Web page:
In order for me to discuss the Center to edge or CTE aiming method I would like you to bear the following in mind:
Center to edge aiming is one of the most contentious aiming systems spoken about in chat rooms and forums. On the one hand it seems that people either love or they hate center to edge and go to great lengths to argue their point.
My view is that if any aiming system works for you then use it. If not then use another of the many methods.
So with that being said let’s take a look at CTE.
Table of Contents
- 1 Center to Edge Aiming and Stan Shuffett.
- 2 Table Geometry.
- 3 The Cue Ball in CTE.
- 4 The Object Ball in Center to Edge Aiming.
- 5 Perceptions in CTE Aiming.
- 6 CTE Pivots.
- 7 Center To Edge Aiming So Far.
- 8 Center to Edge Aiming is a Visual System.
- 9 The Manual Pivot.
- 10 Simplify the Perceptions.
- 11 Conclusions.
- 12 Notes.
Center to Edge Aiming and Stan Shuffett.
The renowned coach and player Stan Shuffett developed center to edge aiming over a number years . Stan originally got the idea from Hal Houle who developed a number of aiming systems over the course of his lifetime.
Hal called it his three angle document.
Stan has worked on the center to edge system over the past 10 years and refined it into a method called “Pro One.” Stan has rigorously tested his method on a the practice table and in competition.
Stan’s Fargo rating is currently around 725, so he is a solid force to be reckoned with on any table.
Pro one is based around the geometry of a regulation pool table and its relationship to the angles 15, 30 and 45 degrees. Those three angles are not the same as those used in the quarters system ie. 1/4 ball, 1/2 ball and 3/4 ball. These angles coincide with the angles of a pool table
The Cue Ball in CTE.
The cue ball has a vertical center line running between 12 and 6 o’clock. The cue ball also has and two extreme edges at 3 and 9 o’clock. Although there are no actual edges on a sphere these edges are a visual perception. Semantics are not relevant to this system. The Edge used for this system is the edge you will perceive with your eyes.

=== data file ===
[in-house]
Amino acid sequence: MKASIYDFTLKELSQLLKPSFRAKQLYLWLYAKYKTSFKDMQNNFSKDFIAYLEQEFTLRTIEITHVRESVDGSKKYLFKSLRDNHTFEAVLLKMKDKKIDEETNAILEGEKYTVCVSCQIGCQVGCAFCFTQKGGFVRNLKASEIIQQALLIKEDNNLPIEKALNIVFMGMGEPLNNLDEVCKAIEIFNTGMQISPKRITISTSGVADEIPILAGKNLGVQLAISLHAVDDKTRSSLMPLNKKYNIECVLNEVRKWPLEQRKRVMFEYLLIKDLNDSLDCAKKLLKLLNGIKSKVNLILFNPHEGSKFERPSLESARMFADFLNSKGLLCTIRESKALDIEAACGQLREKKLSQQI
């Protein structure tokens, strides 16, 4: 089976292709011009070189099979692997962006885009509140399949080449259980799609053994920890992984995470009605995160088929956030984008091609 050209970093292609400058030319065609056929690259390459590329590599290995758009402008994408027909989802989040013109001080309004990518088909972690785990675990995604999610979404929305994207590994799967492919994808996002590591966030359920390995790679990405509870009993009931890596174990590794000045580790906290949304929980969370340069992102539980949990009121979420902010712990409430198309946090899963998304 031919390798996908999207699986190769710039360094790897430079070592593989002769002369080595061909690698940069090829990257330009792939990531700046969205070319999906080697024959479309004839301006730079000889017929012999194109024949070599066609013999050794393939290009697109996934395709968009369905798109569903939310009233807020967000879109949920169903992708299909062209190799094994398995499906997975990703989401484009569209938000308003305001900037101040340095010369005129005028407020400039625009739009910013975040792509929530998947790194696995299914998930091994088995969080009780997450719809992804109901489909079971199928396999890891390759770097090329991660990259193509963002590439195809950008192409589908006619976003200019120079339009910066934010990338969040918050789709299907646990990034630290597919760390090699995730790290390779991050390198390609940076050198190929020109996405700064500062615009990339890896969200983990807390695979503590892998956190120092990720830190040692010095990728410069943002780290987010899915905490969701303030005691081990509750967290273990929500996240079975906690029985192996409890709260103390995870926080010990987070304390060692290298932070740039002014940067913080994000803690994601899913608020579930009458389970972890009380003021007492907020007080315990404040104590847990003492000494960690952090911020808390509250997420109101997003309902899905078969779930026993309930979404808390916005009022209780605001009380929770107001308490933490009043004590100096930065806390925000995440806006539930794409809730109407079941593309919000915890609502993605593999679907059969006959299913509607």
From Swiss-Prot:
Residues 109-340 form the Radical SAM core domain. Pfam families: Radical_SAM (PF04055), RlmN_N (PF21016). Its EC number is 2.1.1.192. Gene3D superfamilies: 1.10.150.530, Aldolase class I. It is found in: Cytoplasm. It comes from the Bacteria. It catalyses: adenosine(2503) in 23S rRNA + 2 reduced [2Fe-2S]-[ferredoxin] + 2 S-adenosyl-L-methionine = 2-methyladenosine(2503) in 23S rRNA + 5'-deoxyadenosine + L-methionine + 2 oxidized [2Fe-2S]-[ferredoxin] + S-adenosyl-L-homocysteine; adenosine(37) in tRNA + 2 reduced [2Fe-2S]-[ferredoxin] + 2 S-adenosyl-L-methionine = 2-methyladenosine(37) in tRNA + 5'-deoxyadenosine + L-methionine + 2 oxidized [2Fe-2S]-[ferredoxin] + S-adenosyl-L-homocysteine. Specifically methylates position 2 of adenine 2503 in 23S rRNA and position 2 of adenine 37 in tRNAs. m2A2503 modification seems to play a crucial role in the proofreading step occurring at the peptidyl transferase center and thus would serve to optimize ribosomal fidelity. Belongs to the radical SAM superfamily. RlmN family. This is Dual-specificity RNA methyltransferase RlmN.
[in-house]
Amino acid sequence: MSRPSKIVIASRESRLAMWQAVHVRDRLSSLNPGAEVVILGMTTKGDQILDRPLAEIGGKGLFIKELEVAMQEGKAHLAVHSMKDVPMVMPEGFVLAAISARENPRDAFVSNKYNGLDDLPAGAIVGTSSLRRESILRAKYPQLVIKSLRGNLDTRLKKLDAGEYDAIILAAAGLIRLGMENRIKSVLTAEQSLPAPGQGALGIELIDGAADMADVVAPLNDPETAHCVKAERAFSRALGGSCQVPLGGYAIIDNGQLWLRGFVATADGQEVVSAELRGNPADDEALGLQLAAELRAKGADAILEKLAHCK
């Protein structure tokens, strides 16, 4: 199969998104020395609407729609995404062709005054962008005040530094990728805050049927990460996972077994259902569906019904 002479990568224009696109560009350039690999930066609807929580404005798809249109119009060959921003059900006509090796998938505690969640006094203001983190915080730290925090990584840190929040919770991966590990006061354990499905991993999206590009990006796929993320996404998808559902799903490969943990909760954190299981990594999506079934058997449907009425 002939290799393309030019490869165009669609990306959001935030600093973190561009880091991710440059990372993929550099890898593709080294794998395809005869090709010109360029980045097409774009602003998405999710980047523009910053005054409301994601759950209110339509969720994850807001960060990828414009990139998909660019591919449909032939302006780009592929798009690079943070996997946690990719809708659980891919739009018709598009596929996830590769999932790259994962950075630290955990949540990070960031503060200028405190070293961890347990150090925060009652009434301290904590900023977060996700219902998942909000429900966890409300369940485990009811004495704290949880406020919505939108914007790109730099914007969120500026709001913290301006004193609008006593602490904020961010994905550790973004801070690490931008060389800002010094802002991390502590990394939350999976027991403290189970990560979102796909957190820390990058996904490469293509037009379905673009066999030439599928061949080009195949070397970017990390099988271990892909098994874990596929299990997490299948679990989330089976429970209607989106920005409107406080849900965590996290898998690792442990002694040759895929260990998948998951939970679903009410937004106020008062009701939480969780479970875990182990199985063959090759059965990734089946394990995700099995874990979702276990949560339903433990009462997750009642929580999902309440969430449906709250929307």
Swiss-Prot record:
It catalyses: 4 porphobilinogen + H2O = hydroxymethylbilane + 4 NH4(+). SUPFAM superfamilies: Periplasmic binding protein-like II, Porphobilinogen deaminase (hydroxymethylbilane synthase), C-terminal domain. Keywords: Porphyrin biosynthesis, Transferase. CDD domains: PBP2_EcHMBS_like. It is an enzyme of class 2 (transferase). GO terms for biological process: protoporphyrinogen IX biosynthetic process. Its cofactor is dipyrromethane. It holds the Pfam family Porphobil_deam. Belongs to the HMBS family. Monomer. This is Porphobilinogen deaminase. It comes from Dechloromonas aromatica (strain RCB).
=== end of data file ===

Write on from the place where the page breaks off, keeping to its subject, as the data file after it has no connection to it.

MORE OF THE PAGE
The Object Ball in Center to Edge Aiming.
The object ball divides into four quarters and each quarter will measure 9/16″. You will find the old Centennial Balls are marked at the quarters making practice much easier. The quarters represent 15, 30 and 45 degree perceptions. The quarters are named A,B and C for cuts to the left and C,B and A for cuts to the right.
Use a marker pen if you don’t have a ball with the correct markings.
Perceptions in CTE Aiming.
Center to edge aiming uses two perceptions simultaneously.
- Center to edge perception
- Edge to one of the marked quarters on the object ball.
So each shot will use a CTE perception in addition to one edge to A,B or C perception.
The player may describe the shot as being:
- CTE+Edge to A (15 degree perception)
- or CTE+Edge to B (30 degree perception)
- or CTE+Edge to C (45 degree perception)
Each shot is combined with a left or a right half tip pivot.
This is best explained by Stan in the CTE video below:
With a cut shot to the left….
- A left or inside pivot will thin the shot.
- A right or outside pivot will thicken the shot
With a cut shot to the right….
- A left or outside pivot will thicken the shot.
- A right or inside pivot will thin the shot.